I recently visited the newly built eco-cabins at Kogelberg Nature Reserve near Kleinmond (opened for bookings early February 2012) and was surprised that even though eco-friendly was the main aim, aesthetics didn’t take a back seat.
The five self-catering units, with views of the Hottentots Holland mountain range, are linked by wooden walkways and were constructed with renewable materials with care taken to have as little impact on the surrounds as possible. Interesting features of each cabin are the planted roofs that act as insulation and keep the accommodation cool in summer, and for winter days, there’s an indoor fireplace. Chandeliers and lights are finished off with recycled bottles, the dining table is a basic trestle style and quirky bedside tables add character to the simple but modern and classy rooms.
Each cabin sleeps four guests in two bedrooms with large sliding doors, a double bed or two single beds and a small shelf area. The two bathrooms have a shower, basin and self-composting toilet (no flushing needed) and the wooden-floored shower creates a clever design feature in the bathroom (water runs through the wooden slats).
The lounge, dining room and kitchenette area opens up on to a deck (or courtyard, depending on which cabin you choose) and allows a cool breeze to circulate while you enjoy the views.The kitchen area has a sink, fridge/freezer, microwave, oven, gas stove, pots and pans, a toaster, kettle and cutlery and crockery for six guests (day visitors allowed). Three of the cabins have the lounge, dining area and kitchen in a separate unit and across a small courtyard/entertainment area, the bedrooms and toilets are separate. The other two units have all the rooms/areas in the same building.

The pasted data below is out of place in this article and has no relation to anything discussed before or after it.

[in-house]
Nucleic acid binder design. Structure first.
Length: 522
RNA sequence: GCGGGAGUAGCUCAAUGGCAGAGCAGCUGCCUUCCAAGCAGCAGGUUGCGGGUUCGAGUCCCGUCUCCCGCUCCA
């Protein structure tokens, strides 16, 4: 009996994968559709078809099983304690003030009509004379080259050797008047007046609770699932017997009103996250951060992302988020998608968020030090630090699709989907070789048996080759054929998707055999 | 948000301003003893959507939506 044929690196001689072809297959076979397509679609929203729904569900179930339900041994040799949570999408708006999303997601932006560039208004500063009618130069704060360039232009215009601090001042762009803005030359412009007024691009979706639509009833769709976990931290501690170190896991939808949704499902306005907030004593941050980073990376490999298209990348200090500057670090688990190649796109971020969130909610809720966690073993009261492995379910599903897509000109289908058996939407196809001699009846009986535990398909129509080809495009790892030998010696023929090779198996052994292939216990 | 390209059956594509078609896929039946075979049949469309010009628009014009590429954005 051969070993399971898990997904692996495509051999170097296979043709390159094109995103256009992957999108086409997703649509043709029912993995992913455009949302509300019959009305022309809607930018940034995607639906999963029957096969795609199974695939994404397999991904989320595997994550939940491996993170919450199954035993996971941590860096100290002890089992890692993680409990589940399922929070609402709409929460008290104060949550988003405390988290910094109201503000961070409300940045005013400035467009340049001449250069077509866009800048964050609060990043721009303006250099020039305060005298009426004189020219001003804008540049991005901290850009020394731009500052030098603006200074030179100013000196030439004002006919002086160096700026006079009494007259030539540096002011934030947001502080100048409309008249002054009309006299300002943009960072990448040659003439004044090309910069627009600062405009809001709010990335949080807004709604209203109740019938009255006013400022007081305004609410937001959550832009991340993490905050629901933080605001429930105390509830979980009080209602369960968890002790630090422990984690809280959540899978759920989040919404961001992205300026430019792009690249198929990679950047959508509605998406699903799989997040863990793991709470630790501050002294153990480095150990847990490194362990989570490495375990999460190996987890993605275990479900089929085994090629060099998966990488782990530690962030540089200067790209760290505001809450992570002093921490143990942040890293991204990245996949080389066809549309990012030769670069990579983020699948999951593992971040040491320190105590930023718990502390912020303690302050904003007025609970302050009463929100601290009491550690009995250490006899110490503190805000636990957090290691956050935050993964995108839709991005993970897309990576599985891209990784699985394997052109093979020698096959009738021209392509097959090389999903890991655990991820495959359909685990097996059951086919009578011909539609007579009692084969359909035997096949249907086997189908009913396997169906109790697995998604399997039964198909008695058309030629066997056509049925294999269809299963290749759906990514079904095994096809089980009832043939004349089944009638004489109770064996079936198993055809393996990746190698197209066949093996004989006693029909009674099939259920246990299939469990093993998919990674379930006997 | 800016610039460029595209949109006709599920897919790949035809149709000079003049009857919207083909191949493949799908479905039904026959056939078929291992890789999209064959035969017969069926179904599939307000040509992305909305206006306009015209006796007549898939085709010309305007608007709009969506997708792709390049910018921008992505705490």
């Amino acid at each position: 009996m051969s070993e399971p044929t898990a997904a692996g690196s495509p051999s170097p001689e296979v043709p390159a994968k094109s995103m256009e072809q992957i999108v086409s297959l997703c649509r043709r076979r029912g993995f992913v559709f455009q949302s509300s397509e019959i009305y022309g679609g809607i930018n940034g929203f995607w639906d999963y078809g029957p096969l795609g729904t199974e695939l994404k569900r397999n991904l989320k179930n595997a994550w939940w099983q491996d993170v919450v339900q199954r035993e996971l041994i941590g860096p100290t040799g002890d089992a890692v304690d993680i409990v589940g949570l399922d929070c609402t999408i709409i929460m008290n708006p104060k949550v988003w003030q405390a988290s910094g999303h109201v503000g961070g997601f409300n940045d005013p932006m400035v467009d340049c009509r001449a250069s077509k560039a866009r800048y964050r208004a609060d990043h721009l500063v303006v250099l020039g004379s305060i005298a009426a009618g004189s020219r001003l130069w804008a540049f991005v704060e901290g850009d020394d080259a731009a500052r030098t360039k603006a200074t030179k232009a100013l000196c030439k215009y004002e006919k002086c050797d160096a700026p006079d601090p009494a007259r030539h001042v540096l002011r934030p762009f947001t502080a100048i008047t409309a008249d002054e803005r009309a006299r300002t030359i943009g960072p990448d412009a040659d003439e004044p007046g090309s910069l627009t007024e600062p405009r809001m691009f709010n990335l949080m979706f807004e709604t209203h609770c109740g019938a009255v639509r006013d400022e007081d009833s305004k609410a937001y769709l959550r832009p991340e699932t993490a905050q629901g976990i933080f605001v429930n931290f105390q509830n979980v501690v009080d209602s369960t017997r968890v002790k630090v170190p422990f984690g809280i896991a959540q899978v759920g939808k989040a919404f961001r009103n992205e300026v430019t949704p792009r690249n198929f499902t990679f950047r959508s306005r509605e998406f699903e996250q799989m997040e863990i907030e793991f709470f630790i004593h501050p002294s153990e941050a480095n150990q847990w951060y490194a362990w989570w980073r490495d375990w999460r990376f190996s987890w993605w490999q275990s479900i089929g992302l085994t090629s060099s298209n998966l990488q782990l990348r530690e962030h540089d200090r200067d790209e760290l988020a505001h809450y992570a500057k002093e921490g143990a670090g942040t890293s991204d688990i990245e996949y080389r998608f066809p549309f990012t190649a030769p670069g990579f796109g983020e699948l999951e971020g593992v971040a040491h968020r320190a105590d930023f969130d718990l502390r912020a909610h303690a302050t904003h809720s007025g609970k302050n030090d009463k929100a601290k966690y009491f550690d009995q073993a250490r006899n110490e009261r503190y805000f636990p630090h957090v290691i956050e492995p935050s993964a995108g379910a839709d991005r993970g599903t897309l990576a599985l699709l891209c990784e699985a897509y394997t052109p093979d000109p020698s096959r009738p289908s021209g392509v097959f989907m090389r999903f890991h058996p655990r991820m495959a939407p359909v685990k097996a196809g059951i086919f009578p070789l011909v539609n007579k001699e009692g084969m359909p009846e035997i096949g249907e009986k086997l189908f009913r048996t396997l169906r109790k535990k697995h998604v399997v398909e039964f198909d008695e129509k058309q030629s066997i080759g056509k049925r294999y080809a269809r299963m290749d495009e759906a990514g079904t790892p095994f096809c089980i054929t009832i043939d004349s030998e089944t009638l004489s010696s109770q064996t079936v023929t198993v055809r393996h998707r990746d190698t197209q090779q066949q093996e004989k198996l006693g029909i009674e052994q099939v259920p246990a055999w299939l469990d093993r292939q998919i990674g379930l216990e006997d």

There’s a braai area in each courtyard and all units have a walkway that leads to the central eco-pool. The pool has no chemicals and has a deeper side (1,8 metres) and a shallow section with aquatic plants assisting in the cleaning and regeneration process.
Central parking is a few metres from each unit and as you arrive you’ll see a mix of gabion (rock-filled wirework) and wooden pathways leading to reed-and-wood cabins that are surprisingly modern as you get closer.The look is clean, uncluttered and elegant and the little décor details (especially the bedside tables) were my favourite.
There’s no TV or cellphone reception. Kids are welcome but I’d recommend you leave the very young ones behind as there’s lots of raised decks, surfaces, glass doors and the pool is unfenced. There are a few day walks and overnight trails and a mountain bike route. The cabins are fairly new so the plants aren’t full grown just yet, so the walkways may look a bit bare for now. There’s a small function/conference room with kitchen and toilets. I was told it’s a 90-kilometre drive but my odometer did 11o kilometres (from the CBD to the entrance of the reserve.
CapeNature: tel 021-483-0190, www.capenature.co.za.
Introductory price R900 a night for a cabin (sleeps four)
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